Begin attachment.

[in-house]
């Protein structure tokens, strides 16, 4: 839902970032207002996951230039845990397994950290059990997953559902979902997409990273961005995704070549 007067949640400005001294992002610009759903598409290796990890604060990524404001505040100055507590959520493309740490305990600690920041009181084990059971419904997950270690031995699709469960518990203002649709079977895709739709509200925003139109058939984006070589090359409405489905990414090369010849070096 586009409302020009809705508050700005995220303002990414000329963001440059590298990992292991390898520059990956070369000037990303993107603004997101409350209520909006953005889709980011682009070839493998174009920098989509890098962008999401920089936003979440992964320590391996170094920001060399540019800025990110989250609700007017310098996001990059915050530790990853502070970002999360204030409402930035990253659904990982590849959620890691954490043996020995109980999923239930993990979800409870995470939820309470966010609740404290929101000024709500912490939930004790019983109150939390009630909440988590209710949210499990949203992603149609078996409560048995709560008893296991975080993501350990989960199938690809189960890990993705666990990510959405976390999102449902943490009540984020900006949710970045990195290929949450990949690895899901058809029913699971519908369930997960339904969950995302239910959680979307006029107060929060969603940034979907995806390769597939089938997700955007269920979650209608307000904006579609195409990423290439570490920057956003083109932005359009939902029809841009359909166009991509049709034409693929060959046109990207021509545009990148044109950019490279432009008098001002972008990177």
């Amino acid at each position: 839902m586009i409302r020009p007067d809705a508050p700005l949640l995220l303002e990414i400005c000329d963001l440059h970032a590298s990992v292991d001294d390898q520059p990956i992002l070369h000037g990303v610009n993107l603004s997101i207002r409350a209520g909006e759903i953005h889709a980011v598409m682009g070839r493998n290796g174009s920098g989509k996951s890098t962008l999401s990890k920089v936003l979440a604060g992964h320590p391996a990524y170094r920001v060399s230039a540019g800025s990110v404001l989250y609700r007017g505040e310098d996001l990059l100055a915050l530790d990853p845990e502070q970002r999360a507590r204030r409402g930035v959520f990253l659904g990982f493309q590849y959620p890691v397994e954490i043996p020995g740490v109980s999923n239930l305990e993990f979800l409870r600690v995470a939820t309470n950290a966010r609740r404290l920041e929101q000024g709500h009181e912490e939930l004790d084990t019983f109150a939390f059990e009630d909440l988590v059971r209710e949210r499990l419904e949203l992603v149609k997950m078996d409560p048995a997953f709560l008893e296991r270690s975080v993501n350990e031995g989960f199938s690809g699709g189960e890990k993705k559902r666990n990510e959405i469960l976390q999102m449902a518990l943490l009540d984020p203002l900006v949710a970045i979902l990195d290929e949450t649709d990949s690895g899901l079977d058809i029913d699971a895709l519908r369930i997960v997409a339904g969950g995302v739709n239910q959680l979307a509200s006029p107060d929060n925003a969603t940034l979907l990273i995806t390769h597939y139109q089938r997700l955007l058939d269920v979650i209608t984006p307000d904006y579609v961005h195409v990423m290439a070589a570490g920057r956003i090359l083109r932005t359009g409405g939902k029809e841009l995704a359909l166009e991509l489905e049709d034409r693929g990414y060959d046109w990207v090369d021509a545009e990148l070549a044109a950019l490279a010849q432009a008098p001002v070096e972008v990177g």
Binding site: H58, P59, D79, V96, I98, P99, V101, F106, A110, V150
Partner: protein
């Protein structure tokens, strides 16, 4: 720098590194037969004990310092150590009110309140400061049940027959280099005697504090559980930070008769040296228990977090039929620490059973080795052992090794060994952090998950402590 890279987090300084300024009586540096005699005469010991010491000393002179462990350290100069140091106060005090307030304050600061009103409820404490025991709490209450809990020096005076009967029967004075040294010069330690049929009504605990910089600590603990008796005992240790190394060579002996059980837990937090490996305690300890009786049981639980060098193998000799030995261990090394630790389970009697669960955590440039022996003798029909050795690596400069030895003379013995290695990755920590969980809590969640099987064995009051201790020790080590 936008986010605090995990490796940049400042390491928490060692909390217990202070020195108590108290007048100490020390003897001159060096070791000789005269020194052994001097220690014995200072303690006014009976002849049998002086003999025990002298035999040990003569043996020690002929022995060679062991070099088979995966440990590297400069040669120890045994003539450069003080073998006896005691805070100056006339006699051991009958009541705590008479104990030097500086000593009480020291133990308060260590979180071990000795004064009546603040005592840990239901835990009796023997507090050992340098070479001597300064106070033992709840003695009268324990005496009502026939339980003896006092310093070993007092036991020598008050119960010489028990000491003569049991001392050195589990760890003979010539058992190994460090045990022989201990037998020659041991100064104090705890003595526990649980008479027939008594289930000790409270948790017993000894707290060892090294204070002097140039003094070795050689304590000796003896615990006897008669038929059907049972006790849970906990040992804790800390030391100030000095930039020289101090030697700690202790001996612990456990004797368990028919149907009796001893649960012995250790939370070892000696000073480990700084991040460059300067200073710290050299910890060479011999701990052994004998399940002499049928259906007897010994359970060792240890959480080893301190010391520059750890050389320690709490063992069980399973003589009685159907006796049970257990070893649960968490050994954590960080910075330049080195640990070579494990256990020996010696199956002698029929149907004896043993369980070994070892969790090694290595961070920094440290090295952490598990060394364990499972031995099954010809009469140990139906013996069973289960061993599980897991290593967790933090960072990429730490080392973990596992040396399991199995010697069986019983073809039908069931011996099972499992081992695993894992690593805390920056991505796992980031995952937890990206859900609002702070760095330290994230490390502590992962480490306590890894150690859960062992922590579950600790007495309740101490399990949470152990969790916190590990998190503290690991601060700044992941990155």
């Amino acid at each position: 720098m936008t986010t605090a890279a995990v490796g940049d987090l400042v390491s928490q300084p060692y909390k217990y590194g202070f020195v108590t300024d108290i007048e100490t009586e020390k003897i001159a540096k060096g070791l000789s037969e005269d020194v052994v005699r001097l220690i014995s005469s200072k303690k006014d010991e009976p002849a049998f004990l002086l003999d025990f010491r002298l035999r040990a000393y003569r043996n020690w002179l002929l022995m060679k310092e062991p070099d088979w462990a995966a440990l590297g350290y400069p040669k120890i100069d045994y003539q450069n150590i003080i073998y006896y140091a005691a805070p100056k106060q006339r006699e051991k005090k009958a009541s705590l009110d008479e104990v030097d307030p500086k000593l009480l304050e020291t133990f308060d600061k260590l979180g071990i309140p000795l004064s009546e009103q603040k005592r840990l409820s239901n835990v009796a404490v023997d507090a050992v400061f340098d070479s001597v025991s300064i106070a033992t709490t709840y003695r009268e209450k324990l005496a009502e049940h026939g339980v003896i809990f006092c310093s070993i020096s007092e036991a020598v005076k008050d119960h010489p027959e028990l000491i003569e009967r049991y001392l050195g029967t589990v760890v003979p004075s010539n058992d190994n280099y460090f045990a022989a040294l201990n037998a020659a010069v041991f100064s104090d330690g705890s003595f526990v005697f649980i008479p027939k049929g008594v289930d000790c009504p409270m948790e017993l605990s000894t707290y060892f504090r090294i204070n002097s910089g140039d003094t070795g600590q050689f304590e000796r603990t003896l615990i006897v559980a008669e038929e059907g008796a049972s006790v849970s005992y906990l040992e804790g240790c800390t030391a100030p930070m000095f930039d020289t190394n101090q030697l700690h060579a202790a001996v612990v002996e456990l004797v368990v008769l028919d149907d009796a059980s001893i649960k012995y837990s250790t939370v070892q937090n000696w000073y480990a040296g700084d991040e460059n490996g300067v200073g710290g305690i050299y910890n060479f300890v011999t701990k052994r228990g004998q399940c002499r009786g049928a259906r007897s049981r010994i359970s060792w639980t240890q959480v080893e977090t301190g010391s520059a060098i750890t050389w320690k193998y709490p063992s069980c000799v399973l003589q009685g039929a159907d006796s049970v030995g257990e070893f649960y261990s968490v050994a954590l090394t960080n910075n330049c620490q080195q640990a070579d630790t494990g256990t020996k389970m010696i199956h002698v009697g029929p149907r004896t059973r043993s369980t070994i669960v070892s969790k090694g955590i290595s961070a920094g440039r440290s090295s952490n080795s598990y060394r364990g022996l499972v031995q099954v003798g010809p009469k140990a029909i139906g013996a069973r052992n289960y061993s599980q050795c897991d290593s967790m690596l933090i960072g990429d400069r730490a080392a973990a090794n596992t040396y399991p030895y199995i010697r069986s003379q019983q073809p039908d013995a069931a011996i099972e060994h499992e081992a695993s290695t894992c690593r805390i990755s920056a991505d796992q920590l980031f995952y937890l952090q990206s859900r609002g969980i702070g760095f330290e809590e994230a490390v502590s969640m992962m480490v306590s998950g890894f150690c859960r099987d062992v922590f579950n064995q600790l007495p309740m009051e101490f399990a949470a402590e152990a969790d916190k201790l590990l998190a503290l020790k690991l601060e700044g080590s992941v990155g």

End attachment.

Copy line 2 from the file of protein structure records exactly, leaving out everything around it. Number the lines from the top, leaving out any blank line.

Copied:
């Protein structure tokens, strides 16, 4: 839902970032207002996951230039845990397994950290059990997953559902979902997409990273961005995704070549 007067949640400005001294992002610009759903598409290796990890604060990524404001505040100055507590959520493309740490305990600690920041009181084990059971419904997950270690031995699709469960518990203002649709079977895709739709509200925003139109058939984006070589090359409405489905990414090369010849070096 586009409302020009809705508050700005995220303002990414000329963001440059590298990992292991390898520059990956070369000037990303993107603004997101409350209520909006953005889709980011682009070839493998174009920098989509890098962008999401920089936003979440992964320590391996170094920001060399540019800025990110989250609700007017310098996001990059915050530790990853502070970002999360204030409402930035990253659904990982590849959620890691954490043996020995109980999923239930993990979800409870995470939820309470966010609740404290929101000024709500912490939930004790019983109150939390009630909440988590209710949210499990949203992603149609078996409560048995709560008893296991975080993501350990989960199938690809189960890990993705666990990510959405976390999102449902943490009540984020900006949710970045990195290929949450990949690895899901058809029913699971519908369930997960339904969950995302239910959680979307006029107060929060969603940034979907995806390769597939089938997700955007269920979650209608307000904006579609195409990423290439570490920057956003083109932005359009939902029809841009359909166009991509049709034409693929060959046109990207021509545009990148044109950019490279432009008098001002972008990177």